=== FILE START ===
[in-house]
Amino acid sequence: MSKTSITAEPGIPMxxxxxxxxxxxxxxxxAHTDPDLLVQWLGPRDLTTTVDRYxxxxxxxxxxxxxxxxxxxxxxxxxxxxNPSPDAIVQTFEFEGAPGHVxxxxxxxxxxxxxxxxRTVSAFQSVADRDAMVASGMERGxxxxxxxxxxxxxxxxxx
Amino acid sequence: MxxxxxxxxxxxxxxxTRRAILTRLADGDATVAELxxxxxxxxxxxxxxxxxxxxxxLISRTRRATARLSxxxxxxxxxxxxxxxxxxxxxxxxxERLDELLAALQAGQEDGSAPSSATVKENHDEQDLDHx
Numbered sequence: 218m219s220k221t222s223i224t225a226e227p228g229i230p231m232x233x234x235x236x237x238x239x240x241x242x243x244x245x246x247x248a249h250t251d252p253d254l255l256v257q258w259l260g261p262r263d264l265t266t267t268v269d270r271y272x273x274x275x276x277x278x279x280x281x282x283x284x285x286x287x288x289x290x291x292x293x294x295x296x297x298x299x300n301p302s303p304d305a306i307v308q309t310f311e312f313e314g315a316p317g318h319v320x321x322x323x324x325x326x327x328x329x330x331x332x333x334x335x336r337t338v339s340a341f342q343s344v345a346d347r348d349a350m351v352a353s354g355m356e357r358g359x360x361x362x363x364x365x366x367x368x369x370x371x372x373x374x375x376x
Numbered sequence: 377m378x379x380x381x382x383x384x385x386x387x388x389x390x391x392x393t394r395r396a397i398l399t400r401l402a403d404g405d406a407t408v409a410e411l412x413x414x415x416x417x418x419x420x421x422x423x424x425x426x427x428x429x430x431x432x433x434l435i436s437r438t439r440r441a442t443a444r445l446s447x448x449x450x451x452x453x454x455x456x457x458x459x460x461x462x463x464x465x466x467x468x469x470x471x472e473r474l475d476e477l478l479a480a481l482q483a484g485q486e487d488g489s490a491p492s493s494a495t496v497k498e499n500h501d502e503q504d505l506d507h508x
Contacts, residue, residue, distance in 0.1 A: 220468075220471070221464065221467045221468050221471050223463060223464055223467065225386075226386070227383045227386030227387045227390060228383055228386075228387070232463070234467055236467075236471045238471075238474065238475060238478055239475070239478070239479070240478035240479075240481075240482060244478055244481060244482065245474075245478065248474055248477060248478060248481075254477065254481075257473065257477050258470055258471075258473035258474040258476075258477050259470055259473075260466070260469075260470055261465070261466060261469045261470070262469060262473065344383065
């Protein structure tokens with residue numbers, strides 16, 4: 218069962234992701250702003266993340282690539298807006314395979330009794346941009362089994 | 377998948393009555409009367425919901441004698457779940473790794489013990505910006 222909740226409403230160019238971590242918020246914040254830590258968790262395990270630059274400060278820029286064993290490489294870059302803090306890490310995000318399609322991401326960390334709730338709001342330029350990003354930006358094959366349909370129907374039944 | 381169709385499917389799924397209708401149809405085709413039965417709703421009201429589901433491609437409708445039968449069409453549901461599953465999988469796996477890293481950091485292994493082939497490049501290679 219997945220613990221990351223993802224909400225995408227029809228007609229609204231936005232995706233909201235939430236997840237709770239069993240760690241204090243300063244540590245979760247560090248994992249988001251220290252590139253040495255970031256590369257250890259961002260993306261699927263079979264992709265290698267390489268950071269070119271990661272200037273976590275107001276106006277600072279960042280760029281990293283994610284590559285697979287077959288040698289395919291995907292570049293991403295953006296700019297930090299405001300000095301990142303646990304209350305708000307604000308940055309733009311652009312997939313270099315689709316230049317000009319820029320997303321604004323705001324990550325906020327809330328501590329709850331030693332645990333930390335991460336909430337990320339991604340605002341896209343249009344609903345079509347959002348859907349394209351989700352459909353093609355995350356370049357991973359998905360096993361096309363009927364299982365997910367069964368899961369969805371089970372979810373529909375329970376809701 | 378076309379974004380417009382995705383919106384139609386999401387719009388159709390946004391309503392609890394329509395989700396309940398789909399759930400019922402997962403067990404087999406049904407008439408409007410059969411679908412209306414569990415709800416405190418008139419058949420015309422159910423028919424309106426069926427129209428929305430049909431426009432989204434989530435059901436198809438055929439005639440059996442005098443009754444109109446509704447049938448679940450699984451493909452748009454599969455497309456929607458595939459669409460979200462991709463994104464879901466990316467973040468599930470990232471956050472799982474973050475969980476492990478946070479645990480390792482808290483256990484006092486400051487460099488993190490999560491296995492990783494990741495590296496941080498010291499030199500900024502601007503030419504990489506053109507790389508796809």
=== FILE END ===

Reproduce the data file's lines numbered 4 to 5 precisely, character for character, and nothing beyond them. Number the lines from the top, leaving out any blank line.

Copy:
Numbered sequence: 218m219s220k221t222s223i224t225a226e227p228g229i230p231m232x233x234x235x236x237x238x239x240x241x242x243x244x245x246x247x248a249h250t251d252p253d254l255l256v257q258w259l260g261p262r263d264l265t266t267t268v269d270r271y272x273x274x275x276x277x278x279x280x281x282x283x284x285x286x287x288x289x290x291x292x293x294x295x296x297x298x299x300n301p302s303p304d305a306i307v308q309t310f311e312f313e314g315a316p317g318h319v320x321x322x323x324x325x326x327x328x329x330x331x332x333x334x335x336r337t338v339s340a341f342q343s344v345a346d347r348d349a350m351v352a353s354g355m356e357r358g359x360x361x362x363x364x365x366x367x368x369x370x371x372x373x374x375x376x
Numbered sequence: 377m378x379x380x381x382x383x384x385x386x387x388x389x390x391x392x393t394r395r396a397i398l399t400r401l402a403d404g405d406a407t408v409a410e411l412x413x414x415x416x417x418x419x420x421x422x423x424x425x426x427x428x429x430x431x432x433x434l435i436s437r438t439r440r441a442t443a444r445l446s447x448x449x450x451x452x453x454x455x456x457x458x459x460x461x462x463x464x465x466x467x468x469x470x471x472e473r474l475d476e477l478l479a480a481l482q483a484g485q486e487d488g489s490a491p492s493s494a495t496v497k498e499n500h501d502e503q504d505l506d507h508x